Just like I said above, use a non-conductive material such as a wooden spoon to steer and put your other hand in your pocket. Rubber gloves would also work.
What are the most dangerous boats to be in during a thunderstorm?
Small open boats with no cabin and sailboats are by far the most dangerous to be in during a thunderstorm. Small open boats provide little cover and generally don’t have a point that’s higher than you and your passenger’s heads. An example of this kind of boat is the boat on the left:
The best thing to do if you’re caught in a boat like this is dash full speed for shore and get you and everyone down as low as you can. And please put on your lifejackets.
Sailboats are dangerous due to the fact they have a super high aluminum mast that attracts lightning strikes. Sailboats are about 4 times more likely to get struck by lightning than regular boats, but generally, people on board should be safer than if they were on a small boat where the lightning strike would hit their heads and not the large aluminum mast first.
What are the safest boats to be in during a thunderstorm?
Although bigger boats are more likely to get struck by lightning due to the fact they have higher points, having a cabin to stay under is extremely important for the safety of the people on board. If you have a boat large enough to take on the large waves, has a cabin, and a lightning protection system, you should be pretty well protected in a thunderstorm.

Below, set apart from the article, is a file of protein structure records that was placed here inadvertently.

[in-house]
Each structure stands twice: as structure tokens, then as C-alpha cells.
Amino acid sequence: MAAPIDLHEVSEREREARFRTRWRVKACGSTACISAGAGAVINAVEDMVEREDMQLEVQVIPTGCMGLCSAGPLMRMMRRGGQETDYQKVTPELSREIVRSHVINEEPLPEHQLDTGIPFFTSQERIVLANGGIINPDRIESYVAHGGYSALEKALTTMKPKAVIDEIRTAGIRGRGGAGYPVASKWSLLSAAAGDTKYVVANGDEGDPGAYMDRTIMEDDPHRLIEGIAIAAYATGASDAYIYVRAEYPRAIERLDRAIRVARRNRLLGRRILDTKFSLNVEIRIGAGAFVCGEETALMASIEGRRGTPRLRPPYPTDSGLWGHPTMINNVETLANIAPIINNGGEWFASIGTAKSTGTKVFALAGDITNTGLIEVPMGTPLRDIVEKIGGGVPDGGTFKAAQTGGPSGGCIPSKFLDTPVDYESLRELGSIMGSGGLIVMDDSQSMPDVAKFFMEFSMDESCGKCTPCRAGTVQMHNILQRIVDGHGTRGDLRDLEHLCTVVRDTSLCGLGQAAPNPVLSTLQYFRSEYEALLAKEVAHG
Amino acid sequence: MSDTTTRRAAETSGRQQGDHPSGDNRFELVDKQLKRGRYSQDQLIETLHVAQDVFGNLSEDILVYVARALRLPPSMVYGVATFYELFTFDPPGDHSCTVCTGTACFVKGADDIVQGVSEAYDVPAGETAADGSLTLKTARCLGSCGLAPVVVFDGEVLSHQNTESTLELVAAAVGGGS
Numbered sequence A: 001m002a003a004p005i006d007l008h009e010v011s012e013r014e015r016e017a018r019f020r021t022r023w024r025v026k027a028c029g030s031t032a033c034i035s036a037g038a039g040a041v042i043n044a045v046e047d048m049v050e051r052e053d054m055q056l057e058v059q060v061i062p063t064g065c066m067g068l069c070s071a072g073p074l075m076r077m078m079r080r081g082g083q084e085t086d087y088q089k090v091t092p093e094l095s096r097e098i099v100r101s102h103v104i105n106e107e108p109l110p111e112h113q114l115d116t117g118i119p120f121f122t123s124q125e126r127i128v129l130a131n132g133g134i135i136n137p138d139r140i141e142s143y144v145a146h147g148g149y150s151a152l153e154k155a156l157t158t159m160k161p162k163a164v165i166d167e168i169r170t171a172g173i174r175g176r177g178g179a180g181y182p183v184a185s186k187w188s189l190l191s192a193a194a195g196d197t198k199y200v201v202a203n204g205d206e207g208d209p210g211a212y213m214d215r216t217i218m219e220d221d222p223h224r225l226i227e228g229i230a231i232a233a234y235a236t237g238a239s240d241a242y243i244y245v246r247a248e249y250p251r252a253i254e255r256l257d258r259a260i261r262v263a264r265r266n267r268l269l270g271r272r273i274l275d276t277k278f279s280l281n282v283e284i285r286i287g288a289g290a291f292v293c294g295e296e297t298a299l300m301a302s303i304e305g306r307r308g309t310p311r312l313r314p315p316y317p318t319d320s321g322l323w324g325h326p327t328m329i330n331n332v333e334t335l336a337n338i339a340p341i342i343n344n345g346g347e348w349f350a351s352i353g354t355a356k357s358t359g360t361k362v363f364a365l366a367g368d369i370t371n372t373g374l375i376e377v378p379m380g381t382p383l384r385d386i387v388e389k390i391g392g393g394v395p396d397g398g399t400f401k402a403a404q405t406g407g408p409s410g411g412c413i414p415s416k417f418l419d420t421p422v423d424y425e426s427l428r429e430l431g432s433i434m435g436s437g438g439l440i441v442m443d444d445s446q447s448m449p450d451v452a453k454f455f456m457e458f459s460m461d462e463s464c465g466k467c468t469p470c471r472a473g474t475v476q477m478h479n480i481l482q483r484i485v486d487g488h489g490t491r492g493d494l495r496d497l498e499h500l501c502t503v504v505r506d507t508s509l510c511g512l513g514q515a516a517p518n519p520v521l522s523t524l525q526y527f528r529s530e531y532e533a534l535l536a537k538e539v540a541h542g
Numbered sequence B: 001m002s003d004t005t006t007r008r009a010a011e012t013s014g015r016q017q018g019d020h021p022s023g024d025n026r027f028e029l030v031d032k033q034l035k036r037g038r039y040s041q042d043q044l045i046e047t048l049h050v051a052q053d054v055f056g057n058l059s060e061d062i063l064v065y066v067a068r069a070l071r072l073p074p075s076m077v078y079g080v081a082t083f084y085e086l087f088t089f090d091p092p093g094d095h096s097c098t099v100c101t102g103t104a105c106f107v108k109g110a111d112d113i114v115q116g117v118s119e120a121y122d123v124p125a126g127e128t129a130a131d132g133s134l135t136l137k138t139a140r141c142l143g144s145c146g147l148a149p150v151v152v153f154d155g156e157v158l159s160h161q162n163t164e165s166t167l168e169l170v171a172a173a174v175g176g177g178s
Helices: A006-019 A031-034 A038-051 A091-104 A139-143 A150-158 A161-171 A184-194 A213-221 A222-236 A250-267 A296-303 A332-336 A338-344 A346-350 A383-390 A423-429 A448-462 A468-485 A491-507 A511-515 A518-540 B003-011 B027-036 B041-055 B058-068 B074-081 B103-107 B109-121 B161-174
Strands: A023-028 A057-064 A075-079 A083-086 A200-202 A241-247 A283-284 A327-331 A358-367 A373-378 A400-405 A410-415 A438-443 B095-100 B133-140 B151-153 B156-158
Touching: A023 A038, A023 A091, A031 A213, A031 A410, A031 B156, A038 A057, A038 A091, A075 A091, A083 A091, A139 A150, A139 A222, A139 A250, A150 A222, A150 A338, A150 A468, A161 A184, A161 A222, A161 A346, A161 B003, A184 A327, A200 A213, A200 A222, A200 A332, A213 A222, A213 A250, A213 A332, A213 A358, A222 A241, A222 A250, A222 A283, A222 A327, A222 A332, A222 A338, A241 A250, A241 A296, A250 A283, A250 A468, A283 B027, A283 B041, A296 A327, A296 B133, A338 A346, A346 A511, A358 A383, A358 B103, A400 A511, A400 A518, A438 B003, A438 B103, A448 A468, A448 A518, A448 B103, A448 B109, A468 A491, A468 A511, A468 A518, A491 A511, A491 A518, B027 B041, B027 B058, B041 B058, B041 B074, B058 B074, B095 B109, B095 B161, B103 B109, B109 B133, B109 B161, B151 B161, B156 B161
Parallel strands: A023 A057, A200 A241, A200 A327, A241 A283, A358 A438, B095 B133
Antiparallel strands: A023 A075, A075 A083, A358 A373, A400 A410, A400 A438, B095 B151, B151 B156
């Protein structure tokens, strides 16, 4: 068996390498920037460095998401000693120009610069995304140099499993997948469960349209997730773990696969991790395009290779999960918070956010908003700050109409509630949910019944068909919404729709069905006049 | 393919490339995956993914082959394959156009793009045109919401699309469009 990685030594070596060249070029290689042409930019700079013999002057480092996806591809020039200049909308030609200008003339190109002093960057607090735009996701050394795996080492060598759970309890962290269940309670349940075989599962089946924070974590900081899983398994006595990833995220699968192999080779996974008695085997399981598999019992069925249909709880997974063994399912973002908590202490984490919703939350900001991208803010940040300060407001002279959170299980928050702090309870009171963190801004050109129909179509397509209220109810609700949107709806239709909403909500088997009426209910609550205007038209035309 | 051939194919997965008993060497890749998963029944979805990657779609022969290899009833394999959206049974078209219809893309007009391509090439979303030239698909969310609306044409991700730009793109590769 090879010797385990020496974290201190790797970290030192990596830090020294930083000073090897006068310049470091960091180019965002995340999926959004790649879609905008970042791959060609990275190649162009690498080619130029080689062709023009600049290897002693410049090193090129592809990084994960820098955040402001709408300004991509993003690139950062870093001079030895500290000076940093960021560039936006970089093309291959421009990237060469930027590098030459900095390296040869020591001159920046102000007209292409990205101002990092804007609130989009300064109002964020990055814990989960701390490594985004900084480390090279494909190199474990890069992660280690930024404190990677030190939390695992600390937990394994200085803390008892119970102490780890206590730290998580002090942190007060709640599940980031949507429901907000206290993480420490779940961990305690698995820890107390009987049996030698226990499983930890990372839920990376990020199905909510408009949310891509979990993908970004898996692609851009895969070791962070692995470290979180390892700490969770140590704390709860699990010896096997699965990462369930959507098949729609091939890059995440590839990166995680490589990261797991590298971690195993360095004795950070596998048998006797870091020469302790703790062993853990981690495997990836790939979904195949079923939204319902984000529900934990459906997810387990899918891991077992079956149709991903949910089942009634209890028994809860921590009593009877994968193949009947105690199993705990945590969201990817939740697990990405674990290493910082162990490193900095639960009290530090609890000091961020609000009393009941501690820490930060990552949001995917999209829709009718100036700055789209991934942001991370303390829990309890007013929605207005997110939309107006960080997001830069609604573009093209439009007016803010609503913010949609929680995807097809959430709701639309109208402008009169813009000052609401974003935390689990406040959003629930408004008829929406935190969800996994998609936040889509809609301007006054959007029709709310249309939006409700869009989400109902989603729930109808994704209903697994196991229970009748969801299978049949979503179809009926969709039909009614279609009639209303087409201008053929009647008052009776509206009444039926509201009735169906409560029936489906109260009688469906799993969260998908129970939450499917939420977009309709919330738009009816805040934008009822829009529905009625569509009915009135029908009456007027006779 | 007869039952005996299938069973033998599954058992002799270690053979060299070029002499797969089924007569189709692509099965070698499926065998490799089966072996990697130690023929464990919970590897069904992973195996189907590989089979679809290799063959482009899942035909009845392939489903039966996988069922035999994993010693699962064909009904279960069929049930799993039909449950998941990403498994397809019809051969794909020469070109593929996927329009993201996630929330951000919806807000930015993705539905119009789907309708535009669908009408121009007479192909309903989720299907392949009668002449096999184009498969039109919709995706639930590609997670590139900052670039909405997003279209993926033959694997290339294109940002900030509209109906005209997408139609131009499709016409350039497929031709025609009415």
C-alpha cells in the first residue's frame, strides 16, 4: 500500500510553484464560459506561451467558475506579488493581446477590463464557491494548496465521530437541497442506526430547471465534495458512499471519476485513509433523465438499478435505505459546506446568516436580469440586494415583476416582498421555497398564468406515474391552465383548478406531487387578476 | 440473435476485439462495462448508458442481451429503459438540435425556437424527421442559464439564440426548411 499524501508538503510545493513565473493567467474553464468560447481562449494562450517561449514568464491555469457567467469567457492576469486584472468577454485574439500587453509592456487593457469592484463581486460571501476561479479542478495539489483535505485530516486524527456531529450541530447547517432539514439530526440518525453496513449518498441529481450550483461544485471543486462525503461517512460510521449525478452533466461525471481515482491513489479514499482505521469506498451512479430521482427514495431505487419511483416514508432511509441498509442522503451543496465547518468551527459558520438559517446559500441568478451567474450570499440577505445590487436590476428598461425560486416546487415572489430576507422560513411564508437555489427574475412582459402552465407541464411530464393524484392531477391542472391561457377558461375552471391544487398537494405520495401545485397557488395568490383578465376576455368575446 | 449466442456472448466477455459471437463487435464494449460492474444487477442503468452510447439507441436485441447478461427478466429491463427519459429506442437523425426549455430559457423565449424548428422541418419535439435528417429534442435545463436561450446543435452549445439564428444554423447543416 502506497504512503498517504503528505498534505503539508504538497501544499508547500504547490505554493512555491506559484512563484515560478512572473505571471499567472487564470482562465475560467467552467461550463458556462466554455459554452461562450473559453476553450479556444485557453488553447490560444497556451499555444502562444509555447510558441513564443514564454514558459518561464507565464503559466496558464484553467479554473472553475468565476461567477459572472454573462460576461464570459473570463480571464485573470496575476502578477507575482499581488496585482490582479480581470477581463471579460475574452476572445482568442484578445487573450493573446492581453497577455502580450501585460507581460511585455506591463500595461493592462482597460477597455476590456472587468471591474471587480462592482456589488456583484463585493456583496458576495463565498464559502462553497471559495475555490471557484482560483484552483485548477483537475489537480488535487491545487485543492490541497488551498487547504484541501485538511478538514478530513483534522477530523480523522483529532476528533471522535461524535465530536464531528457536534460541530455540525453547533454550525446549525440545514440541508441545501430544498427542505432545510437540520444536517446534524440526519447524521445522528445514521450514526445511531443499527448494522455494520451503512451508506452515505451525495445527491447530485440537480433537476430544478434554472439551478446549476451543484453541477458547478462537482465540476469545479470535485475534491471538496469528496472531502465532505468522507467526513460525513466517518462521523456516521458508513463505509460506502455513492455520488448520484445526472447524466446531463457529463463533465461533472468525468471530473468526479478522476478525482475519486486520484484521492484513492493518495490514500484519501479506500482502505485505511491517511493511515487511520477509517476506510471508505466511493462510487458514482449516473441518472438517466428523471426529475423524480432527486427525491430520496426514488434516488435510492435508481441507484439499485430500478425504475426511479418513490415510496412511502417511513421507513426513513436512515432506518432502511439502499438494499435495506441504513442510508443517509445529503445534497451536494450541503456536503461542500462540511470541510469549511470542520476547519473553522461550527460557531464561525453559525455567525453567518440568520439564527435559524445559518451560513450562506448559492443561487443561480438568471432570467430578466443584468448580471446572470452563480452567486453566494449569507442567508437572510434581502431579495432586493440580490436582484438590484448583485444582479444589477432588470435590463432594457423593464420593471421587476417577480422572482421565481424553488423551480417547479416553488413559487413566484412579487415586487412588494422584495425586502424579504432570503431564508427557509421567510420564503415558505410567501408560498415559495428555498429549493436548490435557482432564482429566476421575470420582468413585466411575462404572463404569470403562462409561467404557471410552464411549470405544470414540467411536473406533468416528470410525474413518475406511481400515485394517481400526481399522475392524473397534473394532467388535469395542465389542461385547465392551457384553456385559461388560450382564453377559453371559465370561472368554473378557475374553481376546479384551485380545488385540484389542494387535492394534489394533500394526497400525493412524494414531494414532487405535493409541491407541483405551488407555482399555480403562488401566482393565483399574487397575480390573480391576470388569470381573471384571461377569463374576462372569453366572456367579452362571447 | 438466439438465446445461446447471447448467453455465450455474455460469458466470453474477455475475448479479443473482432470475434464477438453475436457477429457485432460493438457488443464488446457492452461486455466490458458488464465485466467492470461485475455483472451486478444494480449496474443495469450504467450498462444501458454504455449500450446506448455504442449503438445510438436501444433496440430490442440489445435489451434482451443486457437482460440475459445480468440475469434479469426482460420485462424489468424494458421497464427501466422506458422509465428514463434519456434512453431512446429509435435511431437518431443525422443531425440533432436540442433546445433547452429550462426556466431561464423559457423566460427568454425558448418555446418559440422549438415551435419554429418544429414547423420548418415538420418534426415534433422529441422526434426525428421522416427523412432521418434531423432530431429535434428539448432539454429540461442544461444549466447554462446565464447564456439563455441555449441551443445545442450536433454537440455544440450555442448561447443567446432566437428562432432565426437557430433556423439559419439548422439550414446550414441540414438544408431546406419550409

What to do if your boat gets struck by lightneing
If the worst does happen, and your boat gets struck by lightning here’s what you need to do starting with number 1 being the first thing to do and ending with number 8 being the last:
- Make sure everyone is okay and nobody is unconsious or injured.
- If somone is unconsious, check for pulse and/or if they are breathing. If there is no pulse and/or breathing immediatly began CPR (How to do CPR). If they are moving and breathing, they will most likly be okay and there is no nead for CPR.
- Next, check bilges for any water as lightning can break holes threw the hull.
- If their is water rushing in, try plugging the hole using tarps, seats, or whatever you can find to stop the water. Also, turn all the bilge pumps on and maybe even use a bail bucket if you have to.
- If you absolutly have to, try using the VHF radio to radio for assistance.
- If you defenetly need help, shoot your flairs in the air and hope rescue see’s and comes as fast as they can.